Better diagnoses yield improved treatment for vets with anxiety

December 6, 2013
Veterans who suffer from anxiety may not get appropriate treatment for want of a specific diagnosis, finds a new study in General Hospital Psychiatry.

Inadequate mental health care for blacks with depression and diabetes, high blood pressure

July 25, 2014
A new study in General Hospital Psychiatry confirms that blacks with depression plus another chronic medical condition, such as Type 2 diabetes or high blood pressure, do not receive adequate mental health treatment.

Brief counseling for drug use doesn't work, study finds

August 5, 2014
In an effort to stem substance use, the U.S. has invested heavily in the past decade in a brief screening-and-intervention protocol for alcohol and other drugs.

Rural primary care physicians offer insight into rural women's health care

February 5, 2014
Women living in rural communities are less likely than urban-dwelling women to receive sufficient mental health care, in large part due to limited access to services and societal stigma, according to medicine and public health ...

War veterans with mental health diagnoses more likely to receive prescription opioids for pain

March 6, 2012
Iraq and Afghanistan war veterans with mental health diagnoses, particularly posttraumatic stress disorder, are more likely to receive prescription opioid medications for pain-related conditions, have higher-risk opioid use ...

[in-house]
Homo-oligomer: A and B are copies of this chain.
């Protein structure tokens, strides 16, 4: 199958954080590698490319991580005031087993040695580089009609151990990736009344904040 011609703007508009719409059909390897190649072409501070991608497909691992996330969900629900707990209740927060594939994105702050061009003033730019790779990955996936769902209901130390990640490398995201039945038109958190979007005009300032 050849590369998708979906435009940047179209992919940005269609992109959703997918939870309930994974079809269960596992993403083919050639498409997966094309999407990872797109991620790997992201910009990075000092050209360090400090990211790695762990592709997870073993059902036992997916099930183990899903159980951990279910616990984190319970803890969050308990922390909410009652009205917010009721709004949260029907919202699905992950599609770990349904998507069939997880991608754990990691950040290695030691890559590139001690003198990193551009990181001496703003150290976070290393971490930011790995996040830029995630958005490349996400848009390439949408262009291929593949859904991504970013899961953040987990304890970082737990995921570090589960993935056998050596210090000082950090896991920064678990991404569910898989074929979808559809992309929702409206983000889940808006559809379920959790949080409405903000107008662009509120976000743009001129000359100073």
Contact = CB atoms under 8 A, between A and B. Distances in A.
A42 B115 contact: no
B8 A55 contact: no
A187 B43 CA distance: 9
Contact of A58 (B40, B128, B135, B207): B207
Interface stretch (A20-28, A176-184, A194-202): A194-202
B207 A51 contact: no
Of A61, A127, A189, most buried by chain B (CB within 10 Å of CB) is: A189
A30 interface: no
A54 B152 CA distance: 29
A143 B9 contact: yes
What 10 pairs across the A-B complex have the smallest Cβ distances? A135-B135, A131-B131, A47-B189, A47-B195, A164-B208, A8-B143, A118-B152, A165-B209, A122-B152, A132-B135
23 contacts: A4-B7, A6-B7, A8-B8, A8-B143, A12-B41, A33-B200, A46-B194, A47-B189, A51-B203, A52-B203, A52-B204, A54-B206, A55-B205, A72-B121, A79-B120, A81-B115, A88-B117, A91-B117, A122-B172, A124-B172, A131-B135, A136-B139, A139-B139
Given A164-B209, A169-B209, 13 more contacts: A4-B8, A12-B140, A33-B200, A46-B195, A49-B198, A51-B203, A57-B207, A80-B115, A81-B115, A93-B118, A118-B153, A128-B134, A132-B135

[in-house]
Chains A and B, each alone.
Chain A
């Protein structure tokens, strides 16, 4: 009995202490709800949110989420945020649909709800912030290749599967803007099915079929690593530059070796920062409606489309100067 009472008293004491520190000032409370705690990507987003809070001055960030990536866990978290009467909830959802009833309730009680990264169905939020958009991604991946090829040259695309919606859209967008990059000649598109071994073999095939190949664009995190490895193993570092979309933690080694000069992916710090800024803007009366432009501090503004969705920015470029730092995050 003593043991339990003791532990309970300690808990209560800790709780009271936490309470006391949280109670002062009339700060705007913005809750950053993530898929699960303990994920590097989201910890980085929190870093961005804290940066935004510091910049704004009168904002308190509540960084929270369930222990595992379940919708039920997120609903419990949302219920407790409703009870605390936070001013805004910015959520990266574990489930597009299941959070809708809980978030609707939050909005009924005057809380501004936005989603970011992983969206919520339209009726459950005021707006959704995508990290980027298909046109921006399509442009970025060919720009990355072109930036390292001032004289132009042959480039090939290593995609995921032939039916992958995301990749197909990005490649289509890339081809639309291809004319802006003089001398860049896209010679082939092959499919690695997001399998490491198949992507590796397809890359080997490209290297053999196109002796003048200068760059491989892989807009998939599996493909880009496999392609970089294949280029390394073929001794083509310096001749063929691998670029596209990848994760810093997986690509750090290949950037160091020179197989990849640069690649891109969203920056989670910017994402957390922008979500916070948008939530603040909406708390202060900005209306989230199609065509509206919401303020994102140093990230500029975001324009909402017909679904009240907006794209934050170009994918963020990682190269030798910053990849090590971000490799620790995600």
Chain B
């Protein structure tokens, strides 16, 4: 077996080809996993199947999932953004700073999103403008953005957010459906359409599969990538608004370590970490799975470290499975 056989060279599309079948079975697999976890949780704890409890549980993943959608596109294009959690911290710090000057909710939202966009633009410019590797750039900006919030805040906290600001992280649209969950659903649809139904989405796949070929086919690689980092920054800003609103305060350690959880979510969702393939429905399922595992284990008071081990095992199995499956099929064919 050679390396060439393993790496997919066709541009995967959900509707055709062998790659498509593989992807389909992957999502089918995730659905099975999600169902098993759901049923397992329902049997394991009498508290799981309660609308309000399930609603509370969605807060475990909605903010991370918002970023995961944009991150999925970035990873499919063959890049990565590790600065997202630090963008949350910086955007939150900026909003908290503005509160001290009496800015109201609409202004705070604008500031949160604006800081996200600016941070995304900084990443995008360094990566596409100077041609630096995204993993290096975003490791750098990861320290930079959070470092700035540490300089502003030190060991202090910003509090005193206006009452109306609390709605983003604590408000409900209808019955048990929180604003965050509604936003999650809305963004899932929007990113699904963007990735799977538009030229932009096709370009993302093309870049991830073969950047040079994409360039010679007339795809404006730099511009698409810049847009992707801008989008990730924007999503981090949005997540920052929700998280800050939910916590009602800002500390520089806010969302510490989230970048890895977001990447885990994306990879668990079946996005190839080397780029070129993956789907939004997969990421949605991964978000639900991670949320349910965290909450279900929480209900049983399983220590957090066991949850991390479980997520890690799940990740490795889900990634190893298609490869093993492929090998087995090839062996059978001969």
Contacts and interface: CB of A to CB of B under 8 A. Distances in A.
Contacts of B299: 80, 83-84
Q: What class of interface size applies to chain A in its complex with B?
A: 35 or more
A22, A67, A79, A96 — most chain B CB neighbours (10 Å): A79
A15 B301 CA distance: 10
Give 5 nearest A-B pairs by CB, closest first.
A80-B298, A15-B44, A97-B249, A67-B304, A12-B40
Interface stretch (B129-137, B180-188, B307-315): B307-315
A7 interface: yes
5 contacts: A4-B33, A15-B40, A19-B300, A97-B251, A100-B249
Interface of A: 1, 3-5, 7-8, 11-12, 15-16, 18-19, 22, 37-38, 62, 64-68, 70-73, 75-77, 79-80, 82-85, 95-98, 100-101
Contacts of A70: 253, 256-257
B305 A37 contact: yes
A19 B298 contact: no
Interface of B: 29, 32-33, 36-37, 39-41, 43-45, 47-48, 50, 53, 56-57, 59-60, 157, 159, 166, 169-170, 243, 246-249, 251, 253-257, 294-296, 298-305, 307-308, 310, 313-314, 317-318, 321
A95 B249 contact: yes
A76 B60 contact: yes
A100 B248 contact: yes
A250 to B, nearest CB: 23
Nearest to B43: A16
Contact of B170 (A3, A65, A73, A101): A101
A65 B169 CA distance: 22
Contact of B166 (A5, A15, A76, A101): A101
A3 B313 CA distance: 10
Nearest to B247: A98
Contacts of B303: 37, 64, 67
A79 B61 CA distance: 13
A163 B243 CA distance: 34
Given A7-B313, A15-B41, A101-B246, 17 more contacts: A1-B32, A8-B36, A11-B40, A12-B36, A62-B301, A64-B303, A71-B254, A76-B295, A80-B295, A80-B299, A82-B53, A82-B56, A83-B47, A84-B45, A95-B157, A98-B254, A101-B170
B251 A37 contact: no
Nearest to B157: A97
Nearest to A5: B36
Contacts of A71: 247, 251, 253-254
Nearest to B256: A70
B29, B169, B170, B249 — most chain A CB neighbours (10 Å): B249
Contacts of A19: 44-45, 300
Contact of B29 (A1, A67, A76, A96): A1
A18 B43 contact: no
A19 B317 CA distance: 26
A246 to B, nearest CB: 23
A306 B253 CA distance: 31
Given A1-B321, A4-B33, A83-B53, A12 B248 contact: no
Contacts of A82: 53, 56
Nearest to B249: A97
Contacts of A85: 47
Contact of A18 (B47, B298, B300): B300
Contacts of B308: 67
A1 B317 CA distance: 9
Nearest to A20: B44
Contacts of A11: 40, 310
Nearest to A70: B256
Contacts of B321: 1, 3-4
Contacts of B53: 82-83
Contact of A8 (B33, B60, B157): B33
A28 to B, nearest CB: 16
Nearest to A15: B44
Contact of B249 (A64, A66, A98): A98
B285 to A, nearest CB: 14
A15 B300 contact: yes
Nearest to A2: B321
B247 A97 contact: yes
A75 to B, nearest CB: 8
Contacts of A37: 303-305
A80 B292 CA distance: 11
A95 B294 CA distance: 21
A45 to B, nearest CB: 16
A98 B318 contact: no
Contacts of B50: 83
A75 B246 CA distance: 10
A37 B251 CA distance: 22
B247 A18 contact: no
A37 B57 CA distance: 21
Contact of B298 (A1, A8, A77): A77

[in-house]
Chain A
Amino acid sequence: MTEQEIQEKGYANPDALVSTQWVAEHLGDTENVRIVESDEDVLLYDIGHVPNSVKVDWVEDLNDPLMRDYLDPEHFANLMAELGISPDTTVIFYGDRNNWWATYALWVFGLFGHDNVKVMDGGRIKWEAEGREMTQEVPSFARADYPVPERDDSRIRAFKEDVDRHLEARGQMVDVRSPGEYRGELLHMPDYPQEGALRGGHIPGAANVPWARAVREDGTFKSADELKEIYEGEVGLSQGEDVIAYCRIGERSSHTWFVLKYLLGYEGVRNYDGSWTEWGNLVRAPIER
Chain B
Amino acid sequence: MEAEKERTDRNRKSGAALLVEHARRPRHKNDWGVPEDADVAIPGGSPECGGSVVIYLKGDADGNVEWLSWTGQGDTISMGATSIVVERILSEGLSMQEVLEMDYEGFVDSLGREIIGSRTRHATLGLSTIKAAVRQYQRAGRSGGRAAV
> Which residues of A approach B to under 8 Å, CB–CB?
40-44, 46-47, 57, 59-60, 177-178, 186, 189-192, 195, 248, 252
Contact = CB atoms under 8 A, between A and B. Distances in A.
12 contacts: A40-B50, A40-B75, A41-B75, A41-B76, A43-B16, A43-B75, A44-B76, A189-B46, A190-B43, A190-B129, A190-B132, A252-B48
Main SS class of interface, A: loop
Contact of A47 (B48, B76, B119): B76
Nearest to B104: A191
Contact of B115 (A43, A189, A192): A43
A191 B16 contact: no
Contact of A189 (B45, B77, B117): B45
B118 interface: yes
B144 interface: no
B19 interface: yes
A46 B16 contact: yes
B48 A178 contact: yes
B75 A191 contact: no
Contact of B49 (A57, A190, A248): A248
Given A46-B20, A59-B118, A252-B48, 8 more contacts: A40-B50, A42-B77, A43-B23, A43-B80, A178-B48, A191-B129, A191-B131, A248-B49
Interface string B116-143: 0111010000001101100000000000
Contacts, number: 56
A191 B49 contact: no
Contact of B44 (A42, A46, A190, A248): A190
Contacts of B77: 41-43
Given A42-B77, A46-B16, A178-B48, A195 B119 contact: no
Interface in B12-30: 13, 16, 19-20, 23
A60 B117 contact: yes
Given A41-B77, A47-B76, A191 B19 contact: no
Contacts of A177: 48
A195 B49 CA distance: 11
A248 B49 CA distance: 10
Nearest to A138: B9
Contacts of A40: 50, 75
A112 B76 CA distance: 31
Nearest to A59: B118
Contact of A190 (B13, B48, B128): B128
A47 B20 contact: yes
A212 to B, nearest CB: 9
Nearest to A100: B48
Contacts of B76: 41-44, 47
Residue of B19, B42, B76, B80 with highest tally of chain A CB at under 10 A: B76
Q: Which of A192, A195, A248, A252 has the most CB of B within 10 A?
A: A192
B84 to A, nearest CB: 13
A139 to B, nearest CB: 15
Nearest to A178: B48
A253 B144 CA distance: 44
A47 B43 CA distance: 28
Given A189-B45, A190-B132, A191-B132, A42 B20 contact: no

Electronic screening tool to triage teenagers and risk of substance misuse

July 28, 2014
An electronic screening tool that starts with a single question to assess the frequency of substance misuse appears to be an easy way to screen teenagers who visited a physician for routine medical care.

Recommended for you

Study finds gene variant increases risk for depression

July 20, 2017
A University of Central Florida study has found that a gene variant, thought to be carried by nearly 25 percent of the population, increases the odds of developing depression.

Study examines effects of stopping psychiatric medication

July 20, 2017
Despite numerous obstacles and severe withdrawal effects, long-term users of psychiatric drugs can stop taking them if they choose, and mental health care professionals could be more helpful to such individuals, according ...

In making decisions, are you an ant or a grasshopper?

July 20, 2017
In one of Aesop's famous fables, we are introduced to the grasshopper and the ant, whose decisions about how to spend their time affect their lives and future. The jovial grasshopper has a blast all summer singing and playing, ...

Perceiving oneself as less physically active than peers is linked to a shorter lifespan

July 20, 2017
Would you say that you are physically more active, less active, or about equally active as other people your age?

New study suggests that reduced insurance coverage for mental health treatment increases costs for the seriously ill

July 19, 2017
Higher out-of-pocket costs for mental health care could have the unintended consequence of increasing the use of acute and involuntary mental health care among those suffering from the most debilitating disorders, a Harvard ...

Old antibiotic could form new depression treatment

July 19, 2017
An antibiotic used mostly to treat acne has been found to improve the quality of life for people with major depression, in a world-first clinical trial conducted at Deakin University.

0 comments

Please sign in to add a comment. Registration is free, and takes less than a minute. Read more

Click here to reset your password.
Sign in to get notified via email when new comments are made.